All you need to start your own butterfly garden is:

This is the butterfly enclosure we use.

This butterfly garden actually comes with a coupon to order a “cup of caterpillars”. We did this (back before we got introduced to monarchs). It was fun as an introduction, to watch the caterpillars eat and grow inside the cup, and then hatch from their chrysalis inside the enclosure. However, they are a different species of butterfly. I believe they are painted ladies, but I could be wrong. Their chrysalis looks different, too, it’s a tan/brown color and definitely not as pretty as the monarch chrysalis.

Milkweed Vs. Giant Milkweed

We currently have one giant milkweed plant, located nearby to our milkweed patch.

On our first trip to a local garden center to purchase milkweed plants, we happened upon a very nice woman who was there shopping too. She noticed we were looking at the milkweed, and shared her knowledge of the plants and butterflies with us. She pointed out the giant milkweed, and said it’s a great option because the leaves take longer for the caterpillars to consume. On that trip, we purchase one giant milkweed plant along with several regular milkweeds.

For a while, I was offering caterpillars the giant milkweed and they did not seem interested in it. I honestly started to think I was misled. Until one day, we found a tiny occupant on our giant milkweed.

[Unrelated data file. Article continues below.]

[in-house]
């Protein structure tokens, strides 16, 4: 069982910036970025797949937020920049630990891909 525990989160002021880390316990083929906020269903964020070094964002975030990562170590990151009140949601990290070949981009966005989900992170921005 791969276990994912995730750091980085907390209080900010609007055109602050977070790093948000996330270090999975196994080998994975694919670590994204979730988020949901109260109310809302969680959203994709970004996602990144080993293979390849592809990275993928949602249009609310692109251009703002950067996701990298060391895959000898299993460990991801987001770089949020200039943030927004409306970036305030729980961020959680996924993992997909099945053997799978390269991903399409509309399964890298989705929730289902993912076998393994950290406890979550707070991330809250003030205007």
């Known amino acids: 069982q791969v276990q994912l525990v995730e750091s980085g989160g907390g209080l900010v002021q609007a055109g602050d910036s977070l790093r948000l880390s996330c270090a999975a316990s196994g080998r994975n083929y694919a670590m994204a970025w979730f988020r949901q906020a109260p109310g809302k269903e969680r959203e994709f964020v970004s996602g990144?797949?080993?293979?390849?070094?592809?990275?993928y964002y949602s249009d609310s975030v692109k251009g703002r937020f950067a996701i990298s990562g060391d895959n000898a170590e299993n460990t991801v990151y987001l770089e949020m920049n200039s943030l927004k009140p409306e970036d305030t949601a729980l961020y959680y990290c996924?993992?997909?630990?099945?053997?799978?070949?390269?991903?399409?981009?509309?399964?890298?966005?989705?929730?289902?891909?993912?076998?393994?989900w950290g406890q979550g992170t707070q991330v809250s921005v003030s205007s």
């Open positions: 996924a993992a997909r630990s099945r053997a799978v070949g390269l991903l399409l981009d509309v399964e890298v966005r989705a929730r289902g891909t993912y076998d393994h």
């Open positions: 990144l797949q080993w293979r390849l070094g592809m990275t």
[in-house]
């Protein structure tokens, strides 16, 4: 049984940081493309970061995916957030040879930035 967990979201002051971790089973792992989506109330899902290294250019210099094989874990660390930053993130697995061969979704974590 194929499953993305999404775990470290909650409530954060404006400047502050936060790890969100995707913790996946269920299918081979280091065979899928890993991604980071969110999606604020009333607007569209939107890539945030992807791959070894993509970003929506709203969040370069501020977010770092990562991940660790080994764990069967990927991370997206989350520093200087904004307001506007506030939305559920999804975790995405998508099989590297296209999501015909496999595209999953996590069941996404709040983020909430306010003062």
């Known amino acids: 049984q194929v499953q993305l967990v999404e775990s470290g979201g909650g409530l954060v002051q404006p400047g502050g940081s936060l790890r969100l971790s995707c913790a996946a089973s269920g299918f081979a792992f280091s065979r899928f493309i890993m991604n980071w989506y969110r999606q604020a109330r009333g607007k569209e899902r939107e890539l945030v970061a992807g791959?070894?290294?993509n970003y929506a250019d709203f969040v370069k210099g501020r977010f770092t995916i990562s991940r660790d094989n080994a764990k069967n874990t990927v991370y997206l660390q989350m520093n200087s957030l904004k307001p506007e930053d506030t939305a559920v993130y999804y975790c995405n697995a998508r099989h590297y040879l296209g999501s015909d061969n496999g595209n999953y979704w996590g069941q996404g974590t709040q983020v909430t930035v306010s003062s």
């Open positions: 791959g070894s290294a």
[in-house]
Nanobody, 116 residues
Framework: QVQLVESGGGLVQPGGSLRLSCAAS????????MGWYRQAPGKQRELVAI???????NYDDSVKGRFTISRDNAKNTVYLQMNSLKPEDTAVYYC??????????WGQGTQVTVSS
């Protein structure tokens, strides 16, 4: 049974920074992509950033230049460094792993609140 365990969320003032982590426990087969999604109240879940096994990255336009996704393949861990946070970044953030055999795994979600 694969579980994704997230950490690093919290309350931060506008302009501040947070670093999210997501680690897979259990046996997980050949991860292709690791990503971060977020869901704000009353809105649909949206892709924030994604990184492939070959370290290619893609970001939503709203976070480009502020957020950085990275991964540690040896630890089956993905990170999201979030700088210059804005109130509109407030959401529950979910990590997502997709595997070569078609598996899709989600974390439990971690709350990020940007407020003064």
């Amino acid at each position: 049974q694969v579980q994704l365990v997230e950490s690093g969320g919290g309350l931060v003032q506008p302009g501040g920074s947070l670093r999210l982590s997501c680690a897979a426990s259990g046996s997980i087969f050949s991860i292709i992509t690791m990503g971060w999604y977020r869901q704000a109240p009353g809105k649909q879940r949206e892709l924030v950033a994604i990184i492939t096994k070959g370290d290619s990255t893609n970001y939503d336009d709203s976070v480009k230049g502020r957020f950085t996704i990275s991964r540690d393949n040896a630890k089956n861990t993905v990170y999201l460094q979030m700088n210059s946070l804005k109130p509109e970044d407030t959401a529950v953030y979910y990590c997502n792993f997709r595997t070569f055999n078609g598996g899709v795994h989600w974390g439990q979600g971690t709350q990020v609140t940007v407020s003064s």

Notice the baby caterpillar we found on the underside of this giant milkweed leaf, and the pattern of it eating from the leaf.

After we found this little guy, we decided to give the leaves a try with our bigger caterpillars. When we brought the large ones inside, we offered them both types of leaves, and while it does seem they prefer the regular milkweed they have also been eating the giant milkweed as well.

Also, at the farm we visited recently, she said that she’s noticed they don’t seem to prefer the giant milkweed when they have the option, but when she brings hers into the tank when they are very large she only gives them the giant milkweed and they eat it and are fine. So when not given the option, they are fine with eating the giant milkweed, and it takes much longer for them to consume a leaf of it.

At our local garden center, the regular milkweed costs about $6 for a smaller plant, and $15 for the larger plants. The giant milkweed is about $17. I’m not sure if those prices vary widely depending on region.

Operating your own little butterfly garden is so much fun! Your kids will love it, and you will too! A lot of times I just take a little walk outside to check out the caterpillars and butterflies because it’s neat and relaxing. Even if all you do is plant some milkweed on your own little space in the world, you’ll be helping the monarchs survive and thrive, adding to the beauty of nature!